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A group of residents and local attorneys want the Provo City Council to rehire former council attorney Mike Thornton, even though it is still unclear why City Attorney Gary Gregerson fired him last month.

Tuesday night, two petitions with more than 300 signatures were presented to the City Council calling for Thornton's reinstatement and a public apology from Mayor George Stewart."You cannot afford to let matters rest as they are," local attorney John Musselman told council members.

The council did not fire Thornton, but it could hire him under an independent contract like the one he worked under before he became an employee of the legal department in March. A few council members appeared to be sympathetic to the petitioners' request, even though they haven't discussed the termination with Gregerson.

"It really disturbs me with what's going on," Councilman David Rail said.

A meeting was planned Wednesday between Thornton, Gregerson and acting council attorney Richard Daleabout to clarify some discrepancies about Thornton's termination and to determine whether a peaceful resolution can be reached. But it is unknown whether the meeting will result in Gregerson publicly explaining his reason for terminating Thornton, or in Thornton being rehired.

So far, residents have only heard from Thornton's advocates, who say that Thornton was fired for warning Councilman Karl Thalman not to listen to tape recordings made by Councilwoman Shari Holweg and obtained from her home by her brother.

"He ought to be rewarded and commended for it, not fired for it," resident Doug Snarr told the council.

But Gregerson, in a memo to Chief Administrative Officer Lewis Billings that was later converted to a press release, said the conjecture and speculation about Thornton's termination is based on untruths. He said those advocating for Thornton's cause are acting on an "erroneous version of the incident."

Also, Mayor George Stewart said he didn't fire Thornton and was only advised of the termination after it happened. Gregerson confirms that he fired Thornton without consulting the mayor or City Council.

However, Gregerson said city policy prevents him from explaining his reasons for firing Thornton unless Thornton signs a release, which he has not done.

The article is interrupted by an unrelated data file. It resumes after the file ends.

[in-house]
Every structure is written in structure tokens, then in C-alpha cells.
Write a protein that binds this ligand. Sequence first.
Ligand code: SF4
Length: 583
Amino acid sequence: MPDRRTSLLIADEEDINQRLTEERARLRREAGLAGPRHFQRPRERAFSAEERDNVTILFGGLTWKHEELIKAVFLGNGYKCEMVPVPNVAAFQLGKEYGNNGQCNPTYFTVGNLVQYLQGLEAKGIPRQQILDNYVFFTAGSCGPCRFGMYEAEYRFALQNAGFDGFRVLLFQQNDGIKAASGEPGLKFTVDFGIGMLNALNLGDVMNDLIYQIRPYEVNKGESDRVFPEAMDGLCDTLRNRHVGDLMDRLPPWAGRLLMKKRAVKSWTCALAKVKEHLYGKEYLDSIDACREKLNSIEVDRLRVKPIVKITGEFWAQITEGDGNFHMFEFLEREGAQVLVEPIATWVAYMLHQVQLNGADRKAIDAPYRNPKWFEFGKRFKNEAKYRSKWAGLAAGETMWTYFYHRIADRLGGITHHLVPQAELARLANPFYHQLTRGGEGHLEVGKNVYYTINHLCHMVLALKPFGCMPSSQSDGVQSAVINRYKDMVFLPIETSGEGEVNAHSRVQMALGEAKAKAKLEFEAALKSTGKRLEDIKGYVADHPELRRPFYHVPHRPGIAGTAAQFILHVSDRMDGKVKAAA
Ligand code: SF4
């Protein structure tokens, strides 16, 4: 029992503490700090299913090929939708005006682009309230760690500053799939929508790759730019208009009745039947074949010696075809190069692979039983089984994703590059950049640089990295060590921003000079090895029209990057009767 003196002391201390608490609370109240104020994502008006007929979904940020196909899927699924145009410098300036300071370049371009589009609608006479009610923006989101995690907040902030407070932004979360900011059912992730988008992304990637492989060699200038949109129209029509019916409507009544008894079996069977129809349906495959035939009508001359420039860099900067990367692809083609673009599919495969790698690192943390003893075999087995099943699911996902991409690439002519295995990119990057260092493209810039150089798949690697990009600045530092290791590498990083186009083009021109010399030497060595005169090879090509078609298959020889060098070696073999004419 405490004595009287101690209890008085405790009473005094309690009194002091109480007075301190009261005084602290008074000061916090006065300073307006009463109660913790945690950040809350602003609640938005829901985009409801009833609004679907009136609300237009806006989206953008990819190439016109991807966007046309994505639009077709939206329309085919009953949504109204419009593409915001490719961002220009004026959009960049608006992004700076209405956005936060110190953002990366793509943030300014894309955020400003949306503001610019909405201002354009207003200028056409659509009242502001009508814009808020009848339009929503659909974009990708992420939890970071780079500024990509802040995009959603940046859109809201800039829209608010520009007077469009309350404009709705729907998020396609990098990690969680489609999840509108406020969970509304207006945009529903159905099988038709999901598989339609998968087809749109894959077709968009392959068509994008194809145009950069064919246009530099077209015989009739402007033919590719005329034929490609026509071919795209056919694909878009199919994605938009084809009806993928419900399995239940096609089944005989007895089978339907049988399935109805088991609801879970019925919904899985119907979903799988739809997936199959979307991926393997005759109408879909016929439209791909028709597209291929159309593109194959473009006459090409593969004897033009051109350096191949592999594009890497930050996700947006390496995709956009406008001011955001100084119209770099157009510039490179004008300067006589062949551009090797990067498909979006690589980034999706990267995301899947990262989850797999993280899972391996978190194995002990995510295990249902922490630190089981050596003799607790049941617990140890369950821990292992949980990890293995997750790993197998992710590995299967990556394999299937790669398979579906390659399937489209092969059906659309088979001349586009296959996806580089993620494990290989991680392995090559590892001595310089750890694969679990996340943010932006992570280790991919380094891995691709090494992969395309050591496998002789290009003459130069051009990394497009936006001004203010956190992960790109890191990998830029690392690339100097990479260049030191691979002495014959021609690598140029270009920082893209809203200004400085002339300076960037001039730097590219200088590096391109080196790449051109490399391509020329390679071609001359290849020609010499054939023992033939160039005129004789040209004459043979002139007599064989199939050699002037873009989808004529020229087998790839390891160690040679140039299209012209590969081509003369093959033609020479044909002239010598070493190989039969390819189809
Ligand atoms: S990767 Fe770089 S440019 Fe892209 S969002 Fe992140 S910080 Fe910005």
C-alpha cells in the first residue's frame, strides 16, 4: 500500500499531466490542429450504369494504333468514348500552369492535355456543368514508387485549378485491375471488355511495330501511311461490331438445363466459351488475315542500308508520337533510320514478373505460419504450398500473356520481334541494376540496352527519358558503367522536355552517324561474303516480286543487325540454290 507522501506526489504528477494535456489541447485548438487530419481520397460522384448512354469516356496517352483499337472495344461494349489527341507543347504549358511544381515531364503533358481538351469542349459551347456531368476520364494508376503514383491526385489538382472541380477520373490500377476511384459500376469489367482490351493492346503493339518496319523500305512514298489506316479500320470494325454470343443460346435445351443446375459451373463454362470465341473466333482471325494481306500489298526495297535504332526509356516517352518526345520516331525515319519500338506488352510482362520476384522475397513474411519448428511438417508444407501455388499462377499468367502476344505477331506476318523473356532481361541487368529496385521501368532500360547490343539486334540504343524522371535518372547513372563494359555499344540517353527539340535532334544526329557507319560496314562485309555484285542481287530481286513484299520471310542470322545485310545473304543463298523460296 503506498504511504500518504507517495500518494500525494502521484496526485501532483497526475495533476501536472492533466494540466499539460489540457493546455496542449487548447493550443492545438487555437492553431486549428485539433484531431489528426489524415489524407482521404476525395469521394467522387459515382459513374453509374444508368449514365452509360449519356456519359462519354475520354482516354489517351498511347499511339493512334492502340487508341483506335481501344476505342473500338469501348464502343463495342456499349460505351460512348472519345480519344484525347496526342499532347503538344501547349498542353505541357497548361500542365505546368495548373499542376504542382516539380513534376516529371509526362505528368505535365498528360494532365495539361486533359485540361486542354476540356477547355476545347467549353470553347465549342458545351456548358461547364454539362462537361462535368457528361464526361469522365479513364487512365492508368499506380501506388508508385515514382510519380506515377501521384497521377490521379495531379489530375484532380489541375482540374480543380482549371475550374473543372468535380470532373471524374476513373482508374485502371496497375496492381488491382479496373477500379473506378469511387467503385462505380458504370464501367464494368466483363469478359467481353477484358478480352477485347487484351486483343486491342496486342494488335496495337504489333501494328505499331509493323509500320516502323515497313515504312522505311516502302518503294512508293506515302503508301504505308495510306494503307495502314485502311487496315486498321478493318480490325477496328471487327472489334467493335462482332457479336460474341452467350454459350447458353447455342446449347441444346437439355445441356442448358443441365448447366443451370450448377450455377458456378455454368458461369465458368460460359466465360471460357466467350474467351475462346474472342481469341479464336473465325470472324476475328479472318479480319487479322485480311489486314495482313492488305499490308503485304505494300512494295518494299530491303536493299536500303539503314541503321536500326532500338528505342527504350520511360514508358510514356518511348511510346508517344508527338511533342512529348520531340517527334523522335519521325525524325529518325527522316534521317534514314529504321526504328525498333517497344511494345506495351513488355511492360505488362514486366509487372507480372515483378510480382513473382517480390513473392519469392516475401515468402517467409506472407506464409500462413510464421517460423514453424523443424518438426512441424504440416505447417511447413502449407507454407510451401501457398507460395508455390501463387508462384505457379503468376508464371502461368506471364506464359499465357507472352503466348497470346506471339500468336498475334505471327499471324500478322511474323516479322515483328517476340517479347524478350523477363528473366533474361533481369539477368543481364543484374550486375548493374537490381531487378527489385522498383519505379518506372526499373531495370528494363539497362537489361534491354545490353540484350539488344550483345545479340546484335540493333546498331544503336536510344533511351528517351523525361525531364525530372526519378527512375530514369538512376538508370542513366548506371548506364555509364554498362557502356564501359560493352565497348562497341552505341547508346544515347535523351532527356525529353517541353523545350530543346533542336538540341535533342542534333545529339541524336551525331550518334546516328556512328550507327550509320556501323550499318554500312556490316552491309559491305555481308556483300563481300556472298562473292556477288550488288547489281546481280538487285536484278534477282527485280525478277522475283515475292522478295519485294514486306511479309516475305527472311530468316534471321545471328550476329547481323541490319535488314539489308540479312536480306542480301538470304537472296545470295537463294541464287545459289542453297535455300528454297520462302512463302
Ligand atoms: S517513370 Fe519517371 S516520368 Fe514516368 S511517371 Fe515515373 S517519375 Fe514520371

"Should Mr. Thornton wish to sign a release so that the facts of this matter could be allowed to come out, it would dispose of a lot of the questions and concerns that are being raised by inaccurate information that has been fed to the news media for the articles that have been printed to date," the release says.

Thornton called the press release "appalling" and a "bunch of crap." He said he's never been asked to sign a release.

"I can't believe you would allow something like this out," he told Billings.

Thornton then had a verbal confrontation with Councilman Dennis Poulsen after Poulsen gave him an opportunity to let the facts come out. The confrontation related more to Holweg's tapes and whether Poulsen had listened to any, rather than the reason for Thornton's termination or whether he would grant Gregerson permission to publicly discuss the issue.

"I just want the truth to be out," Thornton said.

Some council members suggested holding an executive session to hear all the facts of Thornton's termination. Some residents opposed the suggestion and Daleabout advised council members against holding a closed-door meeting for fact-finding purposes. He suggested that he meet with Thornton and Gregerson, then report the results of the meeting to council members.

Thornton agreed that it would be best to handle the matter in private to avoid embarrassment to the city.

"It's probably appropriate not to have a war in the press over this," he said.